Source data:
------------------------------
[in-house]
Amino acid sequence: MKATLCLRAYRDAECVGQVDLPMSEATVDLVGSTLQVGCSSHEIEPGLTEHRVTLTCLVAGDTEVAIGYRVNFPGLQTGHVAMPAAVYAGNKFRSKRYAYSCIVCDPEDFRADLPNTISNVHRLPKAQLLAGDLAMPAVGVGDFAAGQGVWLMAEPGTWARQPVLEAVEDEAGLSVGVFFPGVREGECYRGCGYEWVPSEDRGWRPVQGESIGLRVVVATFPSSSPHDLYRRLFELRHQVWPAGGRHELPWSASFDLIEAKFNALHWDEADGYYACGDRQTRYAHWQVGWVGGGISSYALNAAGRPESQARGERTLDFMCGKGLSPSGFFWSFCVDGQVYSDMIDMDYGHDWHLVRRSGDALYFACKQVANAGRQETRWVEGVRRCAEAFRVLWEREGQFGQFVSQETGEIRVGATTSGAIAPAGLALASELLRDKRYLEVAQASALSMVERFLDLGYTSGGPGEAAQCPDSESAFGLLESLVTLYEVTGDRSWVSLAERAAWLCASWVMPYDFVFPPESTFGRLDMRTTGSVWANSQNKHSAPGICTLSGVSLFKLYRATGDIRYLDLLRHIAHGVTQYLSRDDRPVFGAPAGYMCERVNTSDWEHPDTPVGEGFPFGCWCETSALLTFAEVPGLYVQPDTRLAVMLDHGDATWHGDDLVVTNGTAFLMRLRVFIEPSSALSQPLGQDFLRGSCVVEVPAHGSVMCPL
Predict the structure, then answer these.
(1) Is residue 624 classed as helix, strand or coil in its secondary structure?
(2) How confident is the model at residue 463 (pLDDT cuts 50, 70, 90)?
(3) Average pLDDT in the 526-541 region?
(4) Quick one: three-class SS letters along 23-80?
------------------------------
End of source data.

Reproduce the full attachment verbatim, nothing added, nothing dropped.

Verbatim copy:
[in-house]
Amino acid sequence: MKATLCLRAYRDAECVGQVDLPMSEATVDLVGSTLQVGCSSHEIEPGLTEHRVTLTCLVAGDTEVAIGYRVNFPGLQTGHVAMPAAVYAGNKFRSKRYAYSCIVCDPEDFRADLPNTISNVHRLPKAQLLAGDLAMPAVGVGDFAAGQGVWLMAEPGTWARQPVLEAVEDEAGLSVGVFFPGVREGECYRGCGYEWVPSEDRGWRPVQGESIGLRVVVATFPSSSPHDLYRRLFELRHQVWPAGGRHELPWSASFDLIEAKFNALHWDEADGYYACGDRQTRYAHWQVGWVGGGISSYALNAAGRPESQARGERTLDFMCGKGLSPSGFFWSFCVDGQVYSDMIDMDYGHDWHLVRRSGDALYFACKQVANAGRQETRWVEGVRRCAEAFRVLWEREGQFGQFVSQETGEIRVGATTSGAIAPAGLALASELLRDKRYLEVAQASALSMVERFLDLGYTSGGPGEAAQCPDSESAFGLLESLVTLYEVTGDRSWVSLAERAAWLCASWVMPYDFVFPPESTFGRLDMRTTGSVWANSQNKHSAPGICTLSGVSLFKLYRATGDIRYLDLLRHIAHGVTQYLSRDDRPVFGAPAGYMCERVNTSDWEHPDTPVGEGFPFGCWCETSALLTFAEVPGLYVQPDTRLAVMLDHGDATWHGDDLVVTNGTAFLMRLRVFIEPSSALSQPLGQDFLRGSCVVEVPAHGSVMCPL
Predict the structure, then answer these.
(1) Is residue 624 classed as helix, strand or coil in its secondary structure?
(2) How confident is the model at residue 463 (pLDDT cuts 50, 70, 90)?
(3) Average pLDDT in the 526-541 region?
(4) Quick one: three-class SS letters along 23-80?